I don't say I'm wimpy in this or that moment to be defeatist or self degrading. I don't say it to comment harshly on being weak. wimpy and weak are not the same. Wimpy is a useful word. I use it to note when I stop, or slow, or want to stop, due to willpower as opposed to physical ability. It's the difference between "I can't keep going" and "I don't want to keep going."
Head game is a huge part of any physical activity, and building willpower is as important in strength training as building muscle. Lots of early attempts at physical fitness are thwarted due to people not getting past the deficit in willpower, which is usually more significant than deficits in physical ability.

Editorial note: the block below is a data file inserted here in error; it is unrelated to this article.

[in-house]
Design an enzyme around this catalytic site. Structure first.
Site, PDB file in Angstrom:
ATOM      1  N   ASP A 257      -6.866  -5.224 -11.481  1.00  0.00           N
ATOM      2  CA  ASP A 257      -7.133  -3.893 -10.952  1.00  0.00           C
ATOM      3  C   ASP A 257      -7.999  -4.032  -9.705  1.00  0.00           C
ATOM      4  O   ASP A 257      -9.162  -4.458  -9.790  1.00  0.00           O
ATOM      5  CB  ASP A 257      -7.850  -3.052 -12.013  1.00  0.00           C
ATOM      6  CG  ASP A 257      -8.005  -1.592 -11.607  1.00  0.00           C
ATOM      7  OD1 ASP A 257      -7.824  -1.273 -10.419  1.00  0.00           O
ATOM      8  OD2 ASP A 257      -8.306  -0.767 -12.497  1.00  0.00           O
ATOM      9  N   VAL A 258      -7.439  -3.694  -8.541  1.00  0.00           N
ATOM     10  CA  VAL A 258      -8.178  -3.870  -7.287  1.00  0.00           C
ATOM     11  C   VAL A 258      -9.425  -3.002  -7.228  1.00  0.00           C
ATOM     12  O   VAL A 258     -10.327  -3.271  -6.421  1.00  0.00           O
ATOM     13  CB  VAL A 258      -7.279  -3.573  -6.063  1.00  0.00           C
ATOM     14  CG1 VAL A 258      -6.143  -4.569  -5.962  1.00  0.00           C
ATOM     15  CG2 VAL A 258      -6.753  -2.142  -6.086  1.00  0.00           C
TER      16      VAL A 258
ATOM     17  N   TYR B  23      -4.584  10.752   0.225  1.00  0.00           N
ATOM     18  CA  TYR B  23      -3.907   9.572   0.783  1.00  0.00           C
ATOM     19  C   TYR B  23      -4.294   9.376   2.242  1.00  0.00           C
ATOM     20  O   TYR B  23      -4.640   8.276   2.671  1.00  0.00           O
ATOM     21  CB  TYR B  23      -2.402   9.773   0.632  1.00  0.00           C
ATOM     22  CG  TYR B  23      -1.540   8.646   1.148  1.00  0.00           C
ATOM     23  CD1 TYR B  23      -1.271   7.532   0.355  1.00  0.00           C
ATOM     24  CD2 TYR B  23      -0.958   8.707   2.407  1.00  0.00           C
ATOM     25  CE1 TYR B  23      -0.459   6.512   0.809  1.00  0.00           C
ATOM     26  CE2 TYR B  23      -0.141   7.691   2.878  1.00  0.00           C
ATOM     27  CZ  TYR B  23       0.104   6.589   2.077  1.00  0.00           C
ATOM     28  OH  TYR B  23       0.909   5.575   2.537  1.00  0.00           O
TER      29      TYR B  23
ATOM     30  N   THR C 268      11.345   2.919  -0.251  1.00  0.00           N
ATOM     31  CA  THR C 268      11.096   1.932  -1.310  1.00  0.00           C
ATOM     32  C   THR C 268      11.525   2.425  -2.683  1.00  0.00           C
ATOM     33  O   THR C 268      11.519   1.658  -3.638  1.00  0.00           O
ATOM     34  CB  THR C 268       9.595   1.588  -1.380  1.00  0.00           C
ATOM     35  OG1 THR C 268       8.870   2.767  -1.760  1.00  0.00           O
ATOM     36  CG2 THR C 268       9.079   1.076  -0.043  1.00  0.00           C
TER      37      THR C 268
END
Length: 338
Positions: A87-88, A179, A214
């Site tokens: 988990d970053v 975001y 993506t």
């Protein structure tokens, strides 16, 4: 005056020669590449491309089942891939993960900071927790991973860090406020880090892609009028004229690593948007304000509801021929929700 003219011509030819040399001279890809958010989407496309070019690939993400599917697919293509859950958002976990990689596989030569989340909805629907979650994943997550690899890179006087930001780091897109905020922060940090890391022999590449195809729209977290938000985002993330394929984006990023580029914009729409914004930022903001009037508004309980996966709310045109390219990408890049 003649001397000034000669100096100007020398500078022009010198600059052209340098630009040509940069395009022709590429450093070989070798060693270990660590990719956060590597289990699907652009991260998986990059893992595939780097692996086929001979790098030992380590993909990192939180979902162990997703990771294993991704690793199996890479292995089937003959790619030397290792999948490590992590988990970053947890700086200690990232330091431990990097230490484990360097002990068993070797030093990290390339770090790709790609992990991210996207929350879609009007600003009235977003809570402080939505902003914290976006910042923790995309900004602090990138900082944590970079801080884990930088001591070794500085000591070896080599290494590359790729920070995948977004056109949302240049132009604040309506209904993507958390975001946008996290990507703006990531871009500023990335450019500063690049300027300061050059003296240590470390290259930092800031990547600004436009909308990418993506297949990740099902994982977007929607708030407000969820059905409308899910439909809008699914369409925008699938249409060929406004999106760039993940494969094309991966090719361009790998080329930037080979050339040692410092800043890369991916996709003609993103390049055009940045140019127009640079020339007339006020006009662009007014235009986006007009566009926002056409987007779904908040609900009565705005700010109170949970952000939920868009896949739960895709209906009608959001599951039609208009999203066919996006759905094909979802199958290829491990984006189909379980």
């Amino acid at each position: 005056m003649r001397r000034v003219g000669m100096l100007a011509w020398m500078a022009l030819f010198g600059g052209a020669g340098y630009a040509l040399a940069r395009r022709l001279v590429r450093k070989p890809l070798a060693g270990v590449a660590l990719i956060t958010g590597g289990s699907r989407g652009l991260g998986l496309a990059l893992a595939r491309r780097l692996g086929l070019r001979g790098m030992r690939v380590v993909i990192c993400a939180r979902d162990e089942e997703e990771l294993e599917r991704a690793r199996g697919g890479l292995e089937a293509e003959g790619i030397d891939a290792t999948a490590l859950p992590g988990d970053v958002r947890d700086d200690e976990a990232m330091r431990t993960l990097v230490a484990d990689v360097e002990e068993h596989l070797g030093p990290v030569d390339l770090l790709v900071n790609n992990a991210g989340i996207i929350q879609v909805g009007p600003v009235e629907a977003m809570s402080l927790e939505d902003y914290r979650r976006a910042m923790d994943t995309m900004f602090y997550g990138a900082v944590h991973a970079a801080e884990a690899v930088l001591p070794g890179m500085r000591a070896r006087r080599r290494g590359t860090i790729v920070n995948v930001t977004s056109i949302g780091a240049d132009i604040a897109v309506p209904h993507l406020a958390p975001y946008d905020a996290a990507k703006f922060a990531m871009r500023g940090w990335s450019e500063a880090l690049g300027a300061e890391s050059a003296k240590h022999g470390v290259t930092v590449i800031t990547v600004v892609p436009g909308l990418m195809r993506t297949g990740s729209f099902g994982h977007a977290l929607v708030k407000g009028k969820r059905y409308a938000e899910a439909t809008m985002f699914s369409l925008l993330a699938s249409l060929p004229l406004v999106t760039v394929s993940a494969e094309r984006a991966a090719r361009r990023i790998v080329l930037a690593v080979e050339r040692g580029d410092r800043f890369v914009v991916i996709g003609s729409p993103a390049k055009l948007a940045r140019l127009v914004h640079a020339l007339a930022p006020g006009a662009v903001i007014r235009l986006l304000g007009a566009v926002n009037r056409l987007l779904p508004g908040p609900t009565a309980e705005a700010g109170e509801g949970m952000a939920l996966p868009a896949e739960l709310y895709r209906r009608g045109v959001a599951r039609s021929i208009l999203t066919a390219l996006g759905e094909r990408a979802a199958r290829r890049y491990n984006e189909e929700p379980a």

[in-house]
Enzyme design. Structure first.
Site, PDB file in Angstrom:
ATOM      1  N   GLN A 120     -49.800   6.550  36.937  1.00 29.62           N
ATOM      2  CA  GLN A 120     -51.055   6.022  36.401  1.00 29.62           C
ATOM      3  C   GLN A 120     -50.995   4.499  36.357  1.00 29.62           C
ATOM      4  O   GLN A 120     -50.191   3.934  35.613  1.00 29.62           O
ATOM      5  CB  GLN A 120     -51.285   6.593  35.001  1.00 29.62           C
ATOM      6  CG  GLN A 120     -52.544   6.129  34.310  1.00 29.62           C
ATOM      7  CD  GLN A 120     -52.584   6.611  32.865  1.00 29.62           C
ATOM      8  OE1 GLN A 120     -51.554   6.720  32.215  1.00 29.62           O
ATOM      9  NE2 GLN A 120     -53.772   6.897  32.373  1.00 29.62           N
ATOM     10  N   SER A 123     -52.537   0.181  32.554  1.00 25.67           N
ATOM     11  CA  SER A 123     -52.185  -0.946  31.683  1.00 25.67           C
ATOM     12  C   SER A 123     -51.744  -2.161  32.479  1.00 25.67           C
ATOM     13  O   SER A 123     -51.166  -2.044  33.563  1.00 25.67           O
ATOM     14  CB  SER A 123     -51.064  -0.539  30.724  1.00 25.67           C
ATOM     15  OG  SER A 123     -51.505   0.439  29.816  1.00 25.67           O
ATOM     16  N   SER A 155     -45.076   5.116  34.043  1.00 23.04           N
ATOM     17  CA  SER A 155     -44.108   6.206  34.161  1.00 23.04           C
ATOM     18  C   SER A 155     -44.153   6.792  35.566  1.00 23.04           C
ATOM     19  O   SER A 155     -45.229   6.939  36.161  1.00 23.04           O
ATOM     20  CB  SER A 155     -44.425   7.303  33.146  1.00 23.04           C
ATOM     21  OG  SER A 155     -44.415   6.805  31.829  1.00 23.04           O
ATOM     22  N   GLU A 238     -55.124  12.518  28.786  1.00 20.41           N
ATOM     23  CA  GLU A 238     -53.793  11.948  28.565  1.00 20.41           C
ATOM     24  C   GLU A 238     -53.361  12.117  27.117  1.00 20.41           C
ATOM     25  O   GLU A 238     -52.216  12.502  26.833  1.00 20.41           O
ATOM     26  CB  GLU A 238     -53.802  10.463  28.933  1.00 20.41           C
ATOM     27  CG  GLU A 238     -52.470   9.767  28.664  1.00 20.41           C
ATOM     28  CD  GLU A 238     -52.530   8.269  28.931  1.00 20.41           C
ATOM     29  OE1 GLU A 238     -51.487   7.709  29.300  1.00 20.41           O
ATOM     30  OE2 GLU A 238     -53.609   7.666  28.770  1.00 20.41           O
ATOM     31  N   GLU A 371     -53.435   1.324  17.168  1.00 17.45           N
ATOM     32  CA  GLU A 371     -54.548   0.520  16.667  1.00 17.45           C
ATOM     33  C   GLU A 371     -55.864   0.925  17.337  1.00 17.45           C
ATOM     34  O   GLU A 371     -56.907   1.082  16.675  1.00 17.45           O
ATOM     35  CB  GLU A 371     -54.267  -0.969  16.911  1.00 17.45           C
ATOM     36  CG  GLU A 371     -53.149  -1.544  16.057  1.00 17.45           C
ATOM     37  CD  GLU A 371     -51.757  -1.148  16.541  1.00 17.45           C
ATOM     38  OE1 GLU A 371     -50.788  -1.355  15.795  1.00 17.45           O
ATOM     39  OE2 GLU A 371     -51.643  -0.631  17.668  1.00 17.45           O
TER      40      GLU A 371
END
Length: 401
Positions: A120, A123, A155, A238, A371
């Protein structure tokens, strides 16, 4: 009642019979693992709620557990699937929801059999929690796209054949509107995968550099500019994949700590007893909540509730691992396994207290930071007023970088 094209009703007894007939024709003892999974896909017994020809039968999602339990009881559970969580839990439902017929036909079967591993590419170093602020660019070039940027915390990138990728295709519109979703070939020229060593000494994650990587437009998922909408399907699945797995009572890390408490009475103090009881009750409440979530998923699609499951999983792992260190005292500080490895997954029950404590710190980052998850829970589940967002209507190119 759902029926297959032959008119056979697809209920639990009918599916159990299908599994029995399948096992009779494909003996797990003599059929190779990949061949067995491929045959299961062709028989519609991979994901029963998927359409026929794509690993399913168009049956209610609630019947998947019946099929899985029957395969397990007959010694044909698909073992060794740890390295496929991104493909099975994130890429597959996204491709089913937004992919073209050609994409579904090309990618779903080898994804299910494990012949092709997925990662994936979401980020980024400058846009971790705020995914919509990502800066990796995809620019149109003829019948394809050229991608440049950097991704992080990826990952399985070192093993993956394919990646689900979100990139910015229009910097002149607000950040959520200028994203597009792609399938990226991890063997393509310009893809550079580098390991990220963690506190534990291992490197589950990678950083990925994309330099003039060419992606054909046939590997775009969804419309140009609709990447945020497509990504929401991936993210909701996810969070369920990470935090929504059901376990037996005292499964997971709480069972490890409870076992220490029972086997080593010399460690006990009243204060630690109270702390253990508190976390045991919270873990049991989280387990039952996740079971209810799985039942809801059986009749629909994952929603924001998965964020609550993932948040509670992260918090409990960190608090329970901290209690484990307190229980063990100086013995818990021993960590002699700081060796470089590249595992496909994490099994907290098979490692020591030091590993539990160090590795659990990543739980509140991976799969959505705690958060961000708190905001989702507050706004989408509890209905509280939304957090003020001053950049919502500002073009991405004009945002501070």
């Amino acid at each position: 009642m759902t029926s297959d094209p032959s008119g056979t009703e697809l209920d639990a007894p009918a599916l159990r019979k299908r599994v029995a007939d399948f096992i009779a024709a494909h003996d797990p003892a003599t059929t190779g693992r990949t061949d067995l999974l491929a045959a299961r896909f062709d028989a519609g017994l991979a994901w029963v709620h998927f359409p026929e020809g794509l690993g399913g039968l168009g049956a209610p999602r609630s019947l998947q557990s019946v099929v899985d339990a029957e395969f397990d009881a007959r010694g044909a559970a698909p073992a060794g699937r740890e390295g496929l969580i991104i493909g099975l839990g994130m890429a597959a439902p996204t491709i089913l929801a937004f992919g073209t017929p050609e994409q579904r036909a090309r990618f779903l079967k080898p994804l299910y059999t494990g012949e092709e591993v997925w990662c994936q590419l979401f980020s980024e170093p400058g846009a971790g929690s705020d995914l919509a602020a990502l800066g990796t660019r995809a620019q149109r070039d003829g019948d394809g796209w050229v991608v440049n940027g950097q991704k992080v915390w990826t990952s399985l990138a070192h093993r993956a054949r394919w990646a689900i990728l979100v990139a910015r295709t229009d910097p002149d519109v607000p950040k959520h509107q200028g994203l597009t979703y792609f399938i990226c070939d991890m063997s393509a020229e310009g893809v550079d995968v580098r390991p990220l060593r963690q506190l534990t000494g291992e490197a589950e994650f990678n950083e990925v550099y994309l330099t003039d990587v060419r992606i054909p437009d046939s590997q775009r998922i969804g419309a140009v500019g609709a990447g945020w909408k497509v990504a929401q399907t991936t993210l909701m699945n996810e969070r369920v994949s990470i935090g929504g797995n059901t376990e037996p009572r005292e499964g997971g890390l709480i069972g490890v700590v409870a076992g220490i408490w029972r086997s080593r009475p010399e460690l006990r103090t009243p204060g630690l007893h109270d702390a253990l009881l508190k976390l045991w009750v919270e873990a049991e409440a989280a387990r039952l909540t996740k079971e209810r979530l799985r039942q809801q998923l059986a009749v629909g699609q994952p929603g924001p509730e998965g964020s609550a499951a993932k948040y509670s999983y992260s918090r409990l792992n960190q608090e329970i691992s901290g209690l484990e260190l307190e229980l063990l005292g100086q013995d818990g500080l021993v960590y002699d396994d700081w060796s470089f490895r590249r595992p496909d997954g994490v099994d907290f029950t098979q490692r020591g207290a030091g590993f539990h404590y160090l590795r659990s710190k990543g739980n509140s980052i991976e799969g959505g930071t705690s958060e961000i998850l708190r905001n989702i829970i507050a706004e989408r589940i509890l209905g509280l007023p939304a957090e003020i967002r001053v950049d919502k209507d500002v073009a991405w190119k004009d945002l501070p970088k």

It's the reason why couch-to-5k was such a great program for me. It takes you by the hand and has you verrrry gradually build up running time. In my opinion, this is to help you grow how much you think you can run and how much running you can expect yourself to do faster than how much you can actually run.
In my experience, once you build up a baseline of the headspace or of this kind of willpower, you can start really working physically, because this is when you can push yourself to your physical limits instead of your perceived limits.
Since I started hundredpushups.com last week, and since I'd been toying a bit with pushups the week or so before, I have a pretty well developed willpower when it comes to pushups. I really did go as far ad I could today, and it felt good. In a few other exercises I could feel that my lack of ability to make myself do more was hindering me even though my physical ability wasn't. That is wimpiness. And that is one of the things I'm training to work on.
There's nothing wrong with me calling that out, noting where I'm weak mentally or physically to mark the achievement later when I find I'm stronger.